As Corporate Websites Fade, Retailers Follow Consumers to Social Media for Sales
Itâ€™s been a while since Iâ€™ve pulled in e-Marketer data into this blog, but they often have great information. New research has found that corporate websites have fallen to 5th place in the list of valuable sources of product information as consumers turn to social media for trusted information.
As a result, retailers are turning to blogs, Facebook and more. (Not really news, as thatâ€™s exactly what we do for all of our clients, but what is news is the new data.)
Corporate websites fade in importance
In virtually every speech I give, I tell brand marketers that their website is less important than it was yesterday, in part because people are looking elsewhere and in part because they havenâ€™t kept up with the features and functionality that consumers want. Today, nearly 75% of online shoppers choose retailers based on social media feedback. In priority order, here are consumers most trusted sources of product information:
40% of retailers turn to social networks
In August 2008, Internet Retailer found that 39.3% of retailers surveyed were using social networking sites to help increase sales. Among them, Facebook was the most popular for social media marketing:
This may be because Facebook has many more legitimate free or low-cost opportunities than MySpace. MySpace reps frequently talk about $50,000 per month minimums, while Facebook social ads can be utilized for low budgets, similar to Google AdWords buys, and Facebook fan pages are free.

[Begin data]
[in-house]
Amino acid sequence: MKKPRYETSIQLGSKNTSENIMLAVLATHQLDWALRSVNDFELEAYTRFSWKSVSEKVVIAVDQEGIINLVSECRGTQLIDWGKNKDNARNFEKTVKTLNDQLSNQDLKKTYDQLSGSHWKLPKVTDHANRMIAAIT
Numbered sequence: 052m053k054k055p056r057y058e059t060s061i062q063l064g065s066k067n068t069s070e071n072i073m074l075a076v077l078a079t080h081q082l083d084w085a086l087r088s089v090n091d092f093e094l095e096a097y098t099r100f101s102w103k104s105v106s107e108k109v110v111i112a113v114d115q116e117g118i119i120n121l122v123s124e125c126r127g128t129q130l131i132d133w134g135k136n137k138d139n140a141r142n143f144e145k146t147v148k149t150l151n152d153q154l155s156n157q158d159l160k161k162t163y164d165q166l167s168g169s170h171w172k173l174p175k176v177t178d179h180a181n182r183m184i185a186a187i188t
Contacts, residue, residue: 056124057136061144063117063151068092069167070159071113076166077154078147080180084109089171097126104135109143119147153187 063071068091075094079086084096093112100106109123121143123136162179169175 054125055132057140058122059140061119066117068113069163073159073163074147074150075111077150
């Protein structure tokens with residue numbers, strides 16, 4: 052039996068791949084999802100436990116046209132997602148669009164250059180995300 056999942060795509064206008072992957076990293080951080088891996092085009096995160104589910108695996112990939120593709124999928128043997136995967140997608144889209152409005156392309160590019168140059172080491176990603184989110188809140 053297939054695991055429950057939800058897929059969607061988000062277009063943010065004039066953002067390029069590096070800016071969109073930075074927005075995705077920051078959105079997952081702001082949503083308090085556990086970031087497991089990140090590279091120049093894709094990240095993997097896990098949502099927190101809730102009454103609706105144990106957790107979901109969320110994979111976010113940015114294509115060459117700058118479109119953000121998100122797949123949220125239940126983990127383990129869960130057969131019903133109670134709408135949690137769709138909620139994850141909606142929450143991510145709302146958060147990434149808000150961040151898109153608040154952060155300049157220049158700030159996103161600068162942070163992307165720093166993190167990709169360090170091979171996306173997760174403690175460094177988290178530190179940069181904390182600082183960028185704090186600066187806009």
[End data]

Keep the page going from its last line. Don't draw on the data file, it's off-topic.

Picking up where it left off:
(MySpace now has a social ads type platform in beta, but most of their marketing success stories, like Adidas, were big budget affairs. Of course, MySpace made about 4x more money than Facebook, so their strategy may be the more lucrative.)
Weâ€™ve been preaching since day one that the brand conversation has left the corporate website, and this data certainly validates that. In my upcoming book, Social Media is a Cocktail Party (due out later this month), we talk more about how to find those conversations and enter them appropriately. But itâ€™s clear that business is trying to figure out how to join the party.